In the novel, Anaya uses two landscapes in order to “represent the dual, conflicting aspects of Antonio’s cultural environment (Martin, 131).” Moreover, the two landscapes are the best portrayals for the “conflicting cultures” to Antonio (Martin, 144). In the following words, Martin mentions that ethnic literature of the American landscape plays a vital role as it is associated with culture and identity. Moreover for minority communities, land is just as inseparable as its inhabitants. Where land is connected with identity, “hybrid landscapes” (landscapes which ensign the cultures living there) possess importance with their connection to “bicultural identities” (Martin, 133).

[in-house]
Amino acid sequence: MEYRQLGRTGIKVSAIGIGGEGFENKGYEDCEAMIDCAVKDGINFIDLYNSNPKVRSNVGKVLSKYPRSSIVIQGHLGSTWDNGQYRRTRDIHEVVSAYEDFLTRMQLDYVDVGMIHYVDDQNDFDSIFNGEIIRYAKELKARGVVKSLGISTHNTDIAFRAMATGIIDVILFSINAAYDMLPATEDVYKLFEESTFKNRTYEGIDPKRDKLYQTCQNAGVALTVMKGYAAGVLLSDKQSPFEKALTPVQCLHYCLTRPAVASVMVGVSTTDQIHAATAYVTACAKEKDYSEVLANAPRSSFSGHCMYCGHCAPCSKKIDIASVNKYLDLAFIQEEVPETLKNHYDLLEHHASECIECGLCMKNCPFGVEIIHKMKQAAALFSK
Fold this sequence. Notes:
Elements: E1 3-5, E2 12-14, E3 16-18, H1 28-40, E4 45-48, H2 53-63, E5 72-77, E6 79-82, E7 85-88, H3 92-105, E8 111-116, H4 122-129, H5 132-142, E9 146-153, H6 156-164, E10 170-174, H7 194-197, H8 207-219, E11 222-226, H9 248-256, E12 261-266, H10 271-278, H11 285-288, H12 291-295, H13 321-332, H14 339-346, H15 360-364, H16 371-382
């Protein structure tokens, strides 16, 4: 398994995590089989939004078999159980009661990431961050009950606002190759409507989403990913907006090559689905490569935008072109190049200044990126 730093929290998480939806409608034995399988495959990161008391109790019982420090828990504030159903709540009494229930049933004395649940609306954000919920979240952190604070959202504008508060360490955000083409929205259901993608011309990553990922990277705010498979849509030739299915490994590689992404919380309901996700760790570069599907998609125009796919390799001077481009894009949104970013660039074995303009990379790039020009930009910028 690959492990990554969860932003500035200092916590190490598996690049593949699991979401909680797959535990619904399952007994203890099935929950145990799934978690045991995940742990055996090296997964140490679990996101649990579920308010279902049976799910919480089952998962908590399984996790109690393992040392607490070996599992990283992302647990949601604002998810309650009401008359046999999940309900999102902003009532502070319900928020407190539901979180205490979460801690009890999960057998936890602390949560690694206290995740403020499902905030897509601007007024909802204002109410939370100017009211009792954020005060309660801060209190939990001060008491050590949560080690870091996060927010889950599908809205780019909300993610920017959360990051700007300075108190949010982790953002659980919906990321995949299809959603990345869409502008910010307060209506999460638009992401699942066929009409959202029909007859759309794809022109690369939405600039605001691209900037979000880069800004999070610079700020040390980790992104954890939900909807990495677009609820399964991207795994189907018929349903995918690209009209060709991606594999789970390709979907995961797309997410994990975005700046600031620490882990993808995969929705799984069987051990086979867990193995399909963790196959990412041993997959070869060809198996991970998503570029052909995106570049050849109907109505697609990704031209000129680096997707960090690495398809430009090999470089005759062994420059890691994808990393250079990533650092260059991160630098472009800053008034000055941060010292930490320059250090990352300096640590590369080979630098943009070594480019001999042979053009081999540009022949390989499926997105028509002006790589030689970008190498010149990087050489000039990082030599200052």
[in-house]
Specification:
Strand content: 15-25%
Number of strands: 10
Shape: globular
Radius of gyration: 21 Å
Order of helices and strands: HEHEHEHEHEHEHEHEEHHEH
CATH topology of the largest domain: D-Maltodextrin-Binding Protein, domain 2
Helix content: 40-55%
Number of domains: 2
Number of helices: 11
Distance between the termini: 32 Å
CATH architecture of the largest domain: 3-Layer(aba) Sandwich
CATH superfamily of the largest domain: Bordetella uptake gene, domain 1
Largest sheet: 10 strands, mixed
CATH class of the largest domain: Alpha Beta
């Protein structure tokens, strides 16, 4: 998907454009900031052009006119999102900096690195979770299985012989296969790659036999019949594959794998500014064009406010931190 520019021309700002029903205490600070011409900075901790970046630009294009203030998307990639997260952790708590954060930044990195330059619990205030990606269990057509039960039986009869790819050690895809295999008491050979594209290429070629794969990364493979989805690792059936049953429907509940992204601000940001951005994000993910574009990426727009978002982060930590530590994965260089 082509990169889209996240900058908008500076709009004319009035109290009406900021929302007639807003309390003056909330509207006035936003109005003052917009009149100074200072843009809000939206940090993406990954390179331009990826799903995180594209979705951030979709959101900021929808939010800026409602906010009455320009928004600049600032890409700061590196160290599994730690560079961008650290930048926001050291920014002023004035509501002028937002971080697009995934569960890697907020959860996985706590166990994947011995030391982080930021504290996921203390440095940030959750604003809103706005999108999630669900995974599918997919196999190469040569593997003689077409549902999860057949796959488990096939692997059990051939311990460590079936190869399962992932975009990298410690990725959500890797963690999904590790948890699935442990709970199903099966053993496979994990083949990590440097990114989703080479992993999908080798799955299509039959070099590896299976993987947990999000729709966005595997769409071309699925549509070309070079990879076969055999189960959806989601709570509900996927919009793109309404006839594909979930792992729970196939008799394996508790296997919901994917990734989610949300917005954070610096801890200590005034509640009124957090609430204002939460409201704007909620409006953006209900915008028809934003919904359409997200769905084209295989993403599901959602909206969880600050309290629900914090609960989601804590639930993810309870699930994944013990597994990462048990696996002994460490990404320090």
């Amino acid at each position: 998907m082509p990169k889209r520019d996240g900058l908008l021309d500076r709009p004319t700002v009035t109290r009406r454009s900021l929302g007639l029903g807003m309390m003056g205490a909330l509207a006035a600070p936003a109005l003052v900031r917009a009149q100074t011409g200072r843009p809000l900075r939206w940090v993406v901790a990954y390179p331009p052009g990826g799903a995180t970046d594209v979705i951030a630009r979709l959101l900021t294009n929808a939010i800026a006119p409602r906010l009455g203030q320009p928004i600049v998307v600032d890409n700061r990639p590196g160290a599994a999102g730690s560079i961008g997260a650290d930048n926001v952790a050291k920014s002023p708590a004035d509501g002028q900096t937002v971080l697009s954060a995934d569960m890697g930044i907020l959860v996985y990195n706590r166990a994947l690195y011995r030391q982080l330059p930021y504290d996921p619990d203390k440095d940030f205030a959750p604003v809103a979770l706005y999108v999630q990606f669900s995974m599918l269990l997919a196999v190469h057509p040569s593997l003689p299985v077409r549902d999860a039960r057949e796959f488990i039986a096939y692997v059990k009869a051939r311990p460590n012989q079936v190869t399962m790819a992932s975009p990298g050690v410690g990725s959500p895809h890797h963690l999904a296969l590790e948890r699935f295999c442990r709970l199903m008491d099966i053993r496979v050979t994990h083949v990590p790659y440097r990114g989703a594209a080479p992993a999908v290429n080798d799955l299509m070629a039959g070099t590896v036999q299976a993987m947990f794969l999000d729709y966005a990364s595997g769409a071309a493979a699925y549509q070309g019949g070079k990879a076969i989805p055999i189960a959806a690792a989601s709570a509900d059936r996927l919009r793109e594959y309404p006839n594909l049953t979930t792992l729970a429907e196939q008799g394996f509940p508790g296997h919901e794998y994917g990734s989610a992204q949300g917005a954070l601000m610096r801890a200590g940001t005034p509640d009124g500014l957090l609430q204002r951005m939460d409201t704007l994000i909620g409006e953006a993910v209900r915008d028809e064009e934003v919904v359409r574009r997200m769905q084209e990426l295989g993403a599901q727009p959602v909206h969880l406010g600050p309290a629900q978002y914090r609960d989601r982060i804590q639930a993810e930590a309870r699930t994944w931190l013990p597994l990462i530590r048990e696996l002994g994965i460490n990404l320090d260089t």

When two different cultures are combined, crisis is inevitable as Martin presents Homi Bhabha’s argumnet that the crisis which is resultant from cultural conflict unveils the “borderline experience” which further results in “breakdown of the opposition of two cultures” which might run towards “displacement and dislocation on both sides” (Martin, 134). In Bless Me, Ultima, Antonio is caught between his choice of two lands, river and the plain, which also stand for the internal conflict of the protagonist. In the end, Antonio has to learn to live with the dual identities (Martin, 134).
An important point in the novel is the dream of Antonio, which serves to demonstrate the conflict between the two cultures, more specifically two families-Lunas and Vaqueros. “This will be a Luna so as to keep our customs and traditions, usheres an old man in the dream. And the fate of the baby would have settled but then the silence was shattered with the thunder of hoofbeats and vaqueros declare ownership of the boy’s destiny, He will make a fine vaquero, declare the vaqueros (Anaya, 5-6).
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